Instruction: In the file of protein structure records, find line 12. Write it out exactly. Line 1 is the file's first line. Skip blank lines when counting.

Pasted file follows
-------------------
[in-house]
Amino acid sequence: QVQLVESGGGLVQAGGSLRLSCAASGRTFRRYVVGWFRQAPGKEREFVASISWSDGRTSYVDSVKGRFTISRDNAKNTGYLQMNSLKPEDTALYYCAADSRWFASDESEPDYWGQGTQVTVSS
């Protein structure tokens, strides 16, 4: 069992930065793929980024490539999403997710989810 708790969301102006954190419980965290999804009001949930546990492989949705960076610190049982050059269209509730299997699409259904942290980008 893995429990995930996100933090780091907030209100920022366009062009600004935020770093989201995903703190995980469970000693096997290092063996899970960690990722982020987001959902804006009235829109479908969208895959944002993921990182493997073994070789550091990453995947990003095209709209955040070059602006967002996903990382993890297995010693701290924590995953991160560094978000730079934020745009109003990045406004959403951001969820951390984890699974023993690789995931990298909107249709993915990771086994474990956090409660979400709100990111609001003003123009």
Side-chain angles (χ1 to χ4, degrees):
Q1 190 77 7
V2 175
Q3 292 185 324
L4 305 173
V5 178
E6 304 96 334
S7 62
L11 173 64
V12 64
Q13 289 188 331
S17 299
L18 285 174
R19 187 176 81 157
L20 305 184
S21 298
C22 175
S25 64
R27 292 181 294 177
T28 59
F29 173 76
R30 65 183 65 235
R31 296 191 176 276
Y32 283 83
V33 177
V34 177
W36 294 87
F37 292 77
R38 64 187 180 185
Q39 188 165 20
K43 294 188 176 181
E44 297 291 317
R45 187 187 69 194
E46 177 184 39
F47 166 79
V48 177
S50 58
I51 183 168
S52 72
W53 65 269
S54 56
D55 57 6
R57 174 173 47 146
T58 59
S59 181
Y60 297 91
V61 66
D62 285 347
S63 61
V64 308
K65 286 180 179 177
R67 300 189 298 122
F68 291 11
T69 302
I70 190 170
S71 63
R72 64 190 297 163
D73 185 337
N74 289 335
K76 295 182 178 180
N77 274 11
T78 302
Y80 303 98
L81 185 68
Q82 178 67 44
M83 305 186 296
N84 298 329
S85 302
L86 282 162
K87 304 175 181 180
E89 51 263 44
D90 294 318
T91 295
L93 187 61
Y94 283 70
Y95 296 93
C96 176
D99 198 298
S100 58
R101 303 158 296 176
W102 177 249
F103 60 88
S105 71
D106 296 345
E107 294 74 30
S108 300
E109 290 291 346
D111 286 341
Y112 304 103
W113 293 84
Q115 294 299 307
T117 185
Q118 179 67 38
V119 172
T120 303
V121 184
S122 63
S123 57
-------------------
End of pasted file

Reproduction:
L11 173 64